## 1. Introduction

[2] Computation of electromagnetic (EM) wave scattering from non-penetrable targets has been an active research topic for many years. It can be argued that the surface integral equation (SIE) methods are best in addressing such an application. Particularly, in recent years, there are many fast and efficient integral equation methods that extend the SIEs to EM wave problems with thousands of wavelength in dimensions. Among them, we mention the multilevel fast multipole method (MLFMM) [*Rokhlin*, 1985; *Coifman et al.*, 1993; *Rokhlin*, 1990; *Song and Chew*, 1995; *Lu and Chew*, 1994], which reduces the memory and CPU complexities to *O*(*N*) and *O*(*N log N*), respectively, though a strict decomposition of the Green's function is required. Unfortunately, FMM, or it's multilevel version MLFMM, suffers the “sub-wavelength breakdown problem” [*Dembart and Yip*, 1998] and it is heavily kernel dependent. Other methods such as the pre-corrected fast Fourier transform (pFFT) [*Phillips and White*, 1997] and the adaptive integral method (AIM) [*Bleszynski et al.*, 1996; *Wang et al.*, 1998] accelerate the matrix-vector multiplications by substituting the current basis functions of the original problem via the new equivalent current sources that reside on a rigid grid, thus facilitates the use of FFT algorithm.

[3] Although we have witnessed significant advancements of fast integral equation methods in recent years, most of them mainly address the issue with the speed of the matrix-vector multiplications. Nonetheless, the overall success still relies on the availability of a robust and effective preconditioner for the integral equation methods. Even though, there are many substantial developments in this regard [*Peng et al.*, 2011], the existence of a preconditioner that guarantees the convergence in the iterative matrix solution process remains largely elusive. Direct solvers for integral equation methods are another important and interesting branch, they are sometimes favored over their iterative counterparts, especially in solving ill-conditioned matrix equations. Moreover, they often exhibit high efficiency in multiple right-hand-sides (RHSs) owing to the small constant in front of the complexity asymptotic when dealing with small or moderate electrical size problems. However, the conventional direct solver, based on the LU factorization, scales as*O*(*N*^{2}), *O*(*N*^{3}) for memory consumption and the factorization time, respectively. The inherent high complexities of the conventional LU direct solvers severely limit their application to solve practical EM problems. To circumvent these difficulties, several fast direct solvers have been proposed in the literature. In *Shaeffer* [2008], the author reported solving an one-million unknown problem using MultiLevel Adaptive Cross Approximation (ML-ACA) algorithm. Also, in*Adams et al.* [2008], a local-global solution method separates the radiating current from the non-radiating counterpart and reported to achieve*O*(*N*^{1.3}) complexity in terms of memory consumption for electrically large problems. Additionally, *Heldring et al.* [2007] discussed a compressed block decomposition (CBD) method and demonstrated a complexity of *O*(*N*^{1.5}) for the memory consumption. Another work conducted in *Winebrand and Boag* [2007] and *Boag* [2007]adopts the non-uniform grid (NG) based matrix compression method, it introduces a non-redundant coarse spherical non-uniform sampling grid to effectively skeletonize the coupling process and compress the matrix using Schur's complement.*Chai and Jiao* [2011] claimed to find the ^{2} representation of the inverse of the dense matrix in an error-controllable manner and reported a linear complexity for both CPU time and memory consumption. However, we disagree with the complexity analyses presented in*Chai and Jiao* [2011] and remain unconvinced of the performance reported. Moreover, one of the recently published works, *Li et al.* [2012] shares some similarities with the proposed algorithm in this paper. It also seeks for a unique mapping matrix for each group to represent the coupling.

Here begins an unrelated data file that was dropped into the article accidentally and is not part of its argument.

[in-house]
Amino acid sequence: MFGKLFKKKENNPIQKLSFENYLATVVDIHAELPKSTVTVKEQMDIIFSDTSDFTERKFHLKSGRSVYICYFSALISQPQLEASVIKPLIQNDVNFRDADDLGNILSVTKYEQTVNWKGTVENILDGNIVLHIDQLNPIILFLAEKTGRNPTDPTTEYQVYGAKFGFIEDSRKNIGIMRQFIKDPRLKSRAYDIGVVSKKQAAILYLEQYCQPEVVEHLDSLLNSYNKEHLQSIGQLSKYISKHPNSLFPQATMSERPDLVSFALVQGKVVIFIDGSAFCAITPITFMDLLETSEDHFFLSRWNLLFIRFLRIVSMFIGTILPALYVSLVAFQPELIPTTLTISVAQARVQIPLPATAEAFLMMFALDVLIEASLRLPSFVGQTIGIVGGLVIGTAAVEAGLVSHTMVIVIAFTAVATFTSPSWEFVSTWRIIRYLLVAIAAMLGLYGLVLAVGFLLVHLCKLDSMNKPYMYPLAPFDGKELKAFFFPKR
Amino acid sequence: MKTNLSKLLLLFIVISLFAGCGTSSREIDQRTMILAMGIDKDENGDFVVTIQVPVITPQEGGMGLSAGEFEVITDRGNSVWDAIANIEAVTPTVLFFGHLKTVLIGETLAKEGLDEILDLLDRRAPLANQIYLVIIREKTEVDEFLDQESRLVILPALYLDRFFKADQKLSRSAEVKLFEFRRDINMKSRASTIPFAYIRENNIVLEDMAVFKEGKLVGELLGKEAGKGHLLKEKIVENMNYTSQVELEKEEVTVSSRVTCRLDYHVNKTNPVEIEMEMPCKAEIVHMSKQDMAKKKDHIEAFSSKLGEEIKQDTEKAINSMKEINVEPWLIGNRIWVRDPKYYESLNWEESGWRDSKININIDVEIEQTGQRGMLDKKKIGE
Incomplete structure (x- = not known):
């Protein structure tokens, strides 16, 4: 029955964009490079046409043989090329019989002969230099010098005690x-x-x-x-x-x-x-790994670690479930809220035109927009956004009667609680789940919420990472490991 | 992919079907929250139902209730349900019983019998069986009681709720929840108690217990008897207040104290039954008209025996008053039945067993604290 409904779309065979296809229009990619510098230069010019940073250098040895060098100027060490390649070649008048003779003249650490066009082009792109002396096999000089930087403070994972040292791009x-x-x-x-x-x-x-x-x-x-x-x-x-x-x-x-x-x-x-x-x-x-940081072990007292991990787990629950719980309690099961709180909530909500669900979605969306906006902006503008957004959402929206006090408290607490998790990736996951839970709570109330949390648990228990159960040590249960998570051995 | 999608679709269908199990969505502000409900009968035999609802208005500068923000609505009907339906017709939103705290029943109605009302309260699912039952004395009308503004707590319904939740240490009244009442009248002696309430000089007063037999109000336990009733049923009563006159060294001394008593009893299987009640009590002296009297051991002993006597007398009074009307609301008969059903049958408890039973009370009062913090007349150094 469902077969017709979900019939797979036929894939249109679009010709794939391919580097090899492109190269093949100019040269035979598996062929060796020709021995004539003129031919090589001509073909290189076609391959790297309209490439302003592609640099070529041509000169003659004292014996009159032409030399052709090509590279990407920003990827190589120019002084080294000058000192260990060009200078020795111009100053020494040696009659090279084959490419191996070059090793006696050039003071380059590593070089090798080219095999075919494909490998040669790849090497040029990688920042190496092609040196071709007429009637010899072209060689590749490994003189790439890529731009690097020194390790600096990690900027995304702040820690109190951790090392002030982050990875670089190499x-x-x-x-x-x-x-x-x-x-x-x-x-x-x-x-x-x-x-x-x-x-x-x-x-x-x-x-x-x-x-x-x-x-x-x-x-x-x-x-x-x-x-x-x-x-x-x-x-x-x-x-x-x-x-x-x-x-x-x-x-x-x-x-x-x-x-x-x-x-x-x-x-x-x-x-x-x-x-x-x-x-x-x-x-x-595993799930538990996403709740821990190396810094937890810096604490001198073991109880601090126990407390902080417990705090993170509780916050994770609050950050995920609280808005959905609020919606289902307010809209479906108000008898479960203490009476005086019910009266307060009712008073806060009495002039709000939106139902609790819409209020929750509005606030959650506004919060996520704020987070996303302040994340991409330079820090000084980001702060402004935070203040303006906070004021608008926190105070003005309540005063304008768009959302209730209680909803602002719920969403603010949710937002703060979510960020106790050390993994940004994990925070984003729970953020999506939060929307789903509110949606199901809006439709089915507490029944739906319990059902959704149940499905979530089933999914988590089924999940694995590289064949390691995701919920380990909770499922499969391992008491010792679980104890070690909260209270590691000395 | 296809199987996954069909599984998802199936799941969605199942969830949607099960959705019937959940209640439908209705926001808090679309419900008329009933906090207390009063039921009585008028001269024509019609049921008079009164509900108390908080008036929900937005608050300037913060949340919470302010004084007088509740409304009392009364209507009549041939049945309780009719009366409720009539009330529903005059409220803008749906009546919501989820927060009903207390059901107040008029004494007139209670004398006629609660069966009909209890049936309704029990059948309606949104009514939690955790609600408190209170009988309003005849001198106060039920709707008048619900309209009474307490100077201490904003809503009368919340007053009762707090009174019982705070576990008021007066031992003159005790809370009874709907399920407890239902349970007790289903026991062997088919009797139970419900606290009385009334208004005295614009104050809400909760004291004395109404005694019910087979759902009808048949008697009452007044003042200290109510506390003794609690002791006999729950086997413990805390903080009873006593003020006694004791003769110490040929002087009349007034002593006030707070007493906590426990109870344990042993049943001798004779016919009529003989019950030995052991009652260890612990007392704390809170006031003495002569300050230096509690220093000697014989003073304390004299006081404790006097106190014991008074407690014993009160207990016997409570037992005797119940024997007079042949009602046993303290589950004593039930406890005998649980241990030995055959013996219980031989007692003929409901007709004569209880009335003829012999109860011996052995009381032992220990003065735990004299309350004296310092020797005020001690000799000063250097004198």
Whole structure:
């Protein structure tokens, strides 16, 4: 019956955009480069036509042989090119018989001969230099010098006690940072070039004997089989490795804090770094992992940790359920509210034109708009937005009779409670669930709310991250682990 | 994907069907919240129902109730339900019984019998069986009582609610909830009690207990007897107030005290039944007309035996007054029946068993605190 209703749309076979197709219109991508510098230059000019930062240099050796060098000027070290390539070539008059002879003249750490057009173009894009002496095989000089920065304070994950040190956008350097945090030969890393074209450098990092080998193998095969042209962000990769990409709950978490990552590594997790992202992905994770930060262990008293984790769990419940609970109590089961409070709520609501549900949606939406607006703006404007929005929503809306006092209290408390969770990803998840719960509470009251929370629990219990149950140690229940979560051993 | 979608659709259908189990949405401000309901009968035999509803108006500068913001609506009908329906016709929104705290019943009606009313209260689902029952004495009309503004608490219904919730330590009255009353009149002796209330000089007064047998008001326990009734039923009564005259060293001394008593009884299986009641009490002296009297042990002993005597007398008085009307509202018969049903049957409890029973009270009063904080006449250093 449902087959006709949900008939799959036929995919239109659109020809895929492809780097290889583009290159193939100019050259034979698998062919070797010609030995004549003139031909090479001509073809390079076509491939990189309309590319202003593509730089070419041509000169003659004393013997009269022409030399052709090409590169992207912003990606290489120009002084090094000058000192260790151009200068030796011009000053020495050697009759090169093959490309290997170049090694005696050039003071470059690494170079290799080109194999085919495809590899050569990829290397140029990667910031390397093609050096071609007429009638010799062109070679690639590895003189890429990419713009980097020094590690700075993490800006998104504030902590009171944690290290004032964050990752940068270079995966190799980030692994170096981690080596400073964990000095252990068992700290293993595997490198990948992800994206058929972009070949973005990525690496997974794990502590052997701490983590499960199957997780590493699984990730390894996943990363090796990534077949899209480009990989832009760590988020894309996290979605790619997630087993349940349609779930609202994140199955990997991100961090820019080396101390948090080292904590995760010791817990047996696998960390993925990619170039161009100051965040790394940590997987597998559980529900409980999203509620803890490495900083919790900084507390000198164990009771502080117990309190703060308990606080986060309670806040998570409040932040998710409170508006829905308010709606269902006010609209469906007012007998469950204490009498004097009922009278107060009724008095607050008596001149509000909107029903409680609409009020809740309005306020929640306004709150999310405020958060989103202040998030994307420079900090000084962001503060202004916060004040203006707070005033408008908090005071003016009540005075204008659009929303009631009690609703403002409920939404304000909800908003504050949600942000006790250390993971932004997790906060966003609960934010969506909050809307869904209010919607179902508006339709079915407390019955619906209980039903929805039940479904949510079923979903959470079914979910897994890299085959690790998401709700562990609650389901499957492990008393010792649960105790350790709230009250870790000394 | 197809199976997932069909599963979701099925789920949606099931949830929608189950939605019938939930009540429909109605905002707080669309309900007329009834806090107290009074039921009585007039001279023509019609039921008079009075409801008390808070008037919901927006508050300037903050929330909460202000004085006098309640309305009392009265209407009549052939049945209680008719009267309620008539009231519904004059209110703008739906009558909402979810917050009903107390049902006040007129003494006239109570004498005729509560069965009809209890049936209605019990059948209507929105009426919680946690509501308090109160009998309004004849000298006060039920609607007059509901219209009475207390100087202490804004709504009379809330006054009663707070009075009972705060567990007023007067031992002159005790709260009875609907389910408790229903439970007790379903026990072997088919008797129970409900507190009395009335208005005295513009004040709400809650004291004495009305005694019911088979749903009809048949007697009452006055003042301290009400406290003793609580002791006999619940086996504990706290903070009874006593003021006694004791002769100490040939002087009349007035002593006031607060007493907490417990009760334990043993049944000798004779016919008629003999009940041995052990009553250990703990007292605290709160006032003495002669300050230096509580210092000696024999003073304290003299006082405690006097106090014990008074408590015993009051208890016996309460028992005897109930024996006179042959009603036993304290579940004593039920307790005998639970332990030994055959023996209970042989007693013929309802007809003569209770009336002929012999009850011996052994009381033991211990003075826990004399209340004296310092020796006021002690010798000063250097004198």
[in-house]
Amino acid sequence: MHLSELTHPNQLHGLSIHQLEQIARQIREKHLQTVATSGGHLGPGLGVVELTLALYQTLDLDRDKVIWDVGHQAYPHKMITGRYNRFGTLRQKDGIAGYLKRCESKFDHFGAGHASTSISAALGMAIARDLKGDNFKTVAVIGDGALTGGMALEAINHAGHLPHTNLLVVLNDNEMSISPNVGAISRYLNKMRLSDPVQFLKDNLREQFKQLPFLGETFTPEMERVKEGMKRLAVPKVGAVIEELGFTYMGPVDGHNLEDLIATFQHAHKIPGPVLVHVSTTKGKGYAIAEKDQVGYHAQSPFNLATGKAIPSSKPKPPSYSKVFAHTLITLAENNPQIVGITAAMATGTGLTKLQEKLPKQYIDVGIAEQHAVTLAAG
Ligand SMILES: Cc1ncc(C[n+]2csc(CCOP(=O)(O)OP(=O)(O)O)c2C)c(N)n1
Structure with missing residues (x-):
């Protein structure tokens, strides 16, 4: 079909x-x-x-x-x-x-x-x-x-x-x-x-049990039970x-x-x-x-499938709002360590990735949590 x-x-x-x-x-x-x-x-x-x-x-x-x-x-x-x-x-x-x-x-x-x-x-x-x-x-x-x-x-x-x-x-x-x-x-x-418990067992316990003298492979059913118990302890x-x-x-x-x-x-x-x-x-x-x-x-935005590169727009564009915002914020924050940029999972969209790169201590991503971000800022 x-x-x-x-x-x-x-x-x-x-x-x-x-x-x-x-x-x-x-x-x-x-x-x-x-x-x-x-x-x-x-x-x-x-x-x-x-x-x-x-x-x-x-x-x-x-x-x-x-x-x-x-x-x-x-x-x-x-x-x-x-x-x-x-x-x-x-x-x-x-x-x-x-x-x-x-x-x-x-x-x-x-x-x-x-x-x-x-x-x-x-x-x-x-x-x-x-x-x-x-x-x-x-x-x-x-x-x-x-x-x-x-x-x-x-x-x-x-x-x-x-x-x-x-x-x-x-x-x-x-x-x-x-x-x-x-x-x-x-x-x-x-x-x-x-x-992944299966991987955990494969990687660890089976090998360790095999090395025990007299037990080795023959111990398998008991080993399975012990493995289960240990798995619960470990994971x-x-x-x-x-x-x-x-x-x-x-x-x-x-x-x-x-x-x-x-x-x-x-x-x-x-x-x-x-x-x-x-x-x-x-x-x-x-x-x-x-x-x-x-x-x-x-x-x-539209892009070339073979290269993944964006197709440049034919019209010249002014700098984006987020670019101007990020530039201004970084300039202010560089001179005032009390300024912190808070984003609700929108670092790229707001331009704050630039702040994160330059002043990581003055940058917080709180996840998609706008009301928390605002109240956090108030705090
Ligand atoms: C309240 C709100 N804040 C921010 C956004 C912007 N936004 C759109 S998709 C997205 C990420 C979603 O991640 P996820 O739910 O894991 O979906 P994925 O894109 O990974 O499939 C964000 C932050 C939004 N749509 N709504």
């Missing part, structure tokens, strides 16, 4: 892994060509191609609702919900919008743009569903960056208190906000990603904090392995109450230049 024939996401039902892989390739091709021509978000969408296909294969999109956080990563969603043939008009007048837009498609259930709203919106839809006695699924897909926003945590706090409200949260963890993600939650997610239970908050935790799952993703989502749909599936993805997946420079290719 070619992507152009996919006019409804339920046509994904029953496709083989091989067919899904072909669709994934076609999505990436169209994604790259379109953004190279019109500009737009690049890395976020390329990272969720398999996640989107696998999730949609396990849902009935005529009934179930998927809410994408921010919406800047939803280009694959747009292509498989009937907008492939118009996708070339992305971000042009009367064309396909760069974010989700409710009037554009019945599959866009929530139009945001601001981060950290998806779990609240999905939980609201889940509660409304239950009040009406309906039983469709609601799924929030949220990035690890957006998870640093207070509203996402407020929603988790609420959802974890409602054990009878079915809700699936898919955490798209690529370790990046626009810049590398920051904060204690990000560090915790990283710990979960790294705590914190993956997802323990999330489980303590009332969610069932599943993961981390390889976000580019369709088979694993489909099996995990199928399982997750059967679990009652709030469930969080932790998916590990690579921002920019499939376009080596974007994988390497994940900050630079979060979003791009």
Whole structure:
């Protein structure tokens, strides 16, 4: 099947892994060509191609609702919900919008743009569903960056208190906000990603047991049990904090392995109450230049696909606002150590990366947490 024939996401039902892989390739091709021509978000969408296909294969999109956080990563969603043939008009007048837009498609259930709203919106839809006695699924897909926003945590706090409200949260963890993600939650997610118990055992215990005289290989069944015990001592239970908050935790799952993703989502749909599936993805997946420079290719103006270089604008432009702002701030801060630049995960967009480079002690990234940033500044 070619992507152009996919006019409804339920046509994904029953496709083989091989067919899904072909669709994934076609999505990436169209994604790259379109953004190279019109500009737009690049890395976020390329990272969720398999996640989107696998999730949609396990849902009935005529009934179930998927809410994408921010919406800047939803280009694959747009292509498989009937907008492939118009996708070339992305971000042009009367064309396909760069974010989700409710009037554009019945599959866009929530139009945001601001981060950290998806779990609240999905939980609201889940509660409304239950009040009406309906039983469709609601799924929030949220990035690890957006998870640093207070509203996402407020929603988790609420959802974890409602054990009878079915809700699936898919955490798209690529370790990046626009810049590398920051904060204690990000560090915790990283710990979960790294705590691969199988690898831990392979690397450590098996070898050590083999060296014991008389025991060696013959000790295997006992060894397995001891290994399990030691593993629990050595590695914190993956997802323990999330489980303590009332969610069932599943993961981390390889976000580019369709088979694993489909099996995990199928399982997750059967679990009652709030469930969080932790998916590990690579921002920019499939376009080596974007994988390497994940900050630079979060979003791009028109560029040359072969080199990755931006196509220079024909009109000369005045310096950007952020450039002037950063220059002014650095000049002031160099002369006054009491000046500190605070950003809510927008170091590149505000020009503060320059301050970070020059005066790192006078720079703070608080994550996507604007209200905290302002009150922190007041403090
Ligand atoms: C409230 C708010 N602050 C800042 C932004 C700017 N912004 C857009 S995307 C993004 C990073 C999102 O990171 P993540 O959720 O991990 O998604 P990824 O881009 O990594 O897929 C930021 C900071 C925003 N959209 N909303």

[4] In this paper, a fast direct solver, based largely on the algorithm outlined in *Greengard et al.* [2009] and *Martinsson and Rokhlin* [2005], is presented to solve SIE matrix equations for electrodynamic applications. This algorithm utilizes a low rank decomposition of the off-diagonal coupling blocks of the dense matrices [*Cheng et al.*, 2005]. Moreover, a multilevel version in-conjunction with a Huygens' surface to account for couplings between well-separated groups is also discussed in detail. Although, we believe that the algorithm will not alter the complexities of matrix solutions in SIEs (in the worst case scenario for electrically large problems), the proposed algorithm can be very efficient for many practical numerical examples. Particularly, during the process of*h-refinement*, where the discretization size decreases to improve the accuracy, the complexities observed are *O*(*N*) and (*N*^{1.5}) for memory and CPU time, respectively. The reported complexities agree well with the theoretical predictions in *Martinsson and Rokhlin* [2005]for smooth integral kernels on general two-dimensional surfaces. Several numerical results are included to validate the algorithm. Additionally, numerical experiments are conducted for fixed mesh size scenario, where the frequency increases, as well as for fixed frequency, while the mesh size decreases (the*h*-refinement) [*Wei et al.*, 2011].